Religious fraternities, sororities offer faith and social life

By David Matz

Christians looking for the social aspect of a fraternity or sorority but the spiritual aspect of a religious organization have multiple options at NIU.

There are four different Christian fraternities and sororities, both Greek and non-Greek, on campus. Alpha Delta Omega Christian Sorority and Alpha Omega Nu Christian Fraternity are both Greek organizations. Megiste Arete Christian Fraternity and Elogeme Adolphi Christian Sorority are both non-Greek organizations. The Greek and non-Greek fraternities and sororities differ slightly.


“We try to make our organization focused on a religious discipline rather than the social,” said Justeen Pelt, senior English major and secretary for Elogeme Adolphi Christian Sorority.

Elogeme Adolphi and Megiste Arete are considered non-Greek because they are non-secrecy organizations. This means everything about their organization is public, unlike Greek organizations that hold member only meetings, Pelt said.

Megiste Arete and Elogeme Adolphi are both non-Greek organizations but are considered a sorority and fraternity because they’re gender exclusive.

“Our core goals may be the same as other fraternities but ours are more Bible-based,” said Pierre Taylor, accounting graduate and president of Megiste Arete. Taylor describes his fraternity as a group of guys that look toward bettering themselves through the word of God. The fraternity has been on campus since 2003 and works within the community to promote their organization and Christianity. The non-Greek Christian sorority on campus also hopes to help build strong women through religion.

“We help teach young women on campus to learn and grow in their faith,” said Ashley King, junior nursing major and president of Elogeme Adolphi Christian Sorority. “Everything we do is Bible oriented.”

King said she was looking for an organization that knows how to have fun but also fulfill her spiritual needs.

“I wanted to have fun in a Christian way, without going to a party or something,” King said.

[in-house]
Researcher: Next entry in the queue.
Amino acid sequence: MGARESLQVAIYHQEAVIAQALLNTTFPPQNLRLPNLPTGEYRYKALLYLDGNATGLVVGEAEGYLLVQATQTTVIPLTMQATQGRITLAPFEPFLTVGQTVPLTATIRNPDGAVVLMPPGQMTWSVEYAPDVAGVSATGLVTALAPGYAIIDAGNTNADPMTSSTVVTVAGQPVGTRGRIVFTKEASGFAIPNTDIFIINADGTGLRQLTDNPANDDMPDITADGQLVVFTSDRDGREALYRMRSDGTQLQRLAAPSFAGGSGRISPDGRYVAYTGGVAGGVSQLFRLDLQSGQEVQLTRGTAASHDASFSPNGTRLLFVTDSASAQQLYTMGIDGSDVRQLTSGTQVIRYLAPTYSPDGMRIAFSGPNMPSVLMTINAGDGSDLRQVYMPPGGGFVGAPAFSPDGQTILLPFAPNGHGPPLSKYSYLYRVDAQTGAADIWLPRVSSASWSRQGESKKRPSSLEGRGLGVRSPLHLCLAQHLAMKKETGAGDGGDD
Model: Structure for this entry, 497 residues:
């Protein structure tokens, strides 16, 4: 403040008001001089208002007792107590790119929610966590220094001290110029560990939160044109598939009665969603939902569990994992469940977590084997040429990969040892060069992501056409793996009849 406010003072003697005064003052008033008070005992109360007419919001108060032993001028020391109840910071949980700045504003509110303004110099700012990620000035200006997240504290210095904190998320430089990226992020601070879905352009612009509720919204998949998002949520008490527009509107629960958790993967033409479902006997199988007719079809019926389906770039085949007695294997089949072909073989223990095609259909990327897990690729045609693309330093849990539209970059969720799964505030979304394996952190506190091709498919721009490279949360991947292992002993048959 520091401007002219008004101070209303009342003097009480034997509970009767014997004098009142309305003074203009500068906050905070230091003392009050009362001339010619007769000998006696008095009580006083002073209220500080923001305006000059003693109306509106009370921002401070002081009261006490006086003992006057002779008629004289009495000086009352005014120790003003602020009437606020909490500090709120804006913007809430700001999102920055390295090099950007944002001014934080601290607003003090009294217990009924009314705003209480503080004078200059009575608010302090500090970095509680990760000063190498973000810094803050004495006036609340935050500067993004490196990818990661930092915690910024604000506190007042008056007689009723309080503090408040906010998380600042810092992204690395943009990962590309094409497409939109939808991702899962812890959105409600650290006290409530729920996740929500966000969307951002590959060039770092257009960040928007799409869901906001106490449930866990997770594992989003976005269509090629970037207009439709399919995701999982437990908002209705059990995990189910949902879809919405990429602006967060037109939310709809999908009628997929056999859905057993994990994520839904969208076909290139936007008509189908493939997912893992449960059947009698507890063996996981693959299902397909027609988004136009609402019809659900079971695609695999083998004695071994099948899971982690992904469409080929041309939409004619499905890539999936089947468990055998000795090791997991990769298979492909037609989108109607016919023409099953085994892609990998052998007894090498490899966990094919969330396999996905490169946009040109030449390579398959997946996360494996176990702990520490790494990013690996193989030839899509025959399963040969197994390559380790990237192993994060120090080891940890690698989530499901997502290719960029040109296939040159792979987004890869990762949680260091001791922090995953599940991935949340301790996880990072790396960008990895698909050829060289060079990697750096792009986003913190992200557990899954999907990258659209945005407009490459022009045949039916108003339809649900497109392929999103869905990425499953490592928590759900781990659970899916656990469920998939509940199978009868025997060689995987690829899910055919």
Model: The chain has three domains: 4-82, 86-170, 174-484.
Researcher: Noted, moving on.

The sisters of Elogeme Adolphi like to stay social by gathering at a member’s apartment to watch a movie, talk about their problems and playing games, all while maintaining a religious base, King said.


The Greek sanctioned organizations on campus also include religion into their social and daily lives but are allowed to hold member-only meetings. The Greek organizations like to stay as social as possible but still maintain a religious core.

“We encourage all women to join and participate in our organization’s events and goals,” said Paisley Connor, senior public health major and Vice President on Alpha Delta Omega National Christian Sorority. “We spread the word of the Bible and Christianity across campus by hosting events and participating in community services.”

Alpha Delta Omega hosted a bake sale last week and is planning events with the DeKalb County High School for their founders week during the first week of October, Connor said. The members of the sorority also work closely with the Jesus Is The Way Christian Center, located in the Holmes Student Center.

Richard Dixon, president of Alpha Omega Nu Christian Fraternity and fifth-year general studies major, said that the organization tries to uphold Christian fundamentals.

“First, we are dedicated to a personal relationship with God,” Dixon said. “We also stress dedication and commitment to all our members.”

Dixon said that when he thought of rushing, this was the choice that made sense to him.

“I personally felt I would relate to people better here,” he said. “We’re totally committed to living a Christian lifestyle.”

Even though it wasn’t the popular option, it seemed to be the right choice, and people shouldn’t shy away from checking it out, Dixon said.

Like other organizations on campus, all Christian sororities and fraternities, both Greek and non-Greek, perform community service events and tailor their organization to accept as many interested people as possible.

“People respond differently to different messages and are attracted to different organizations,” Taylor said.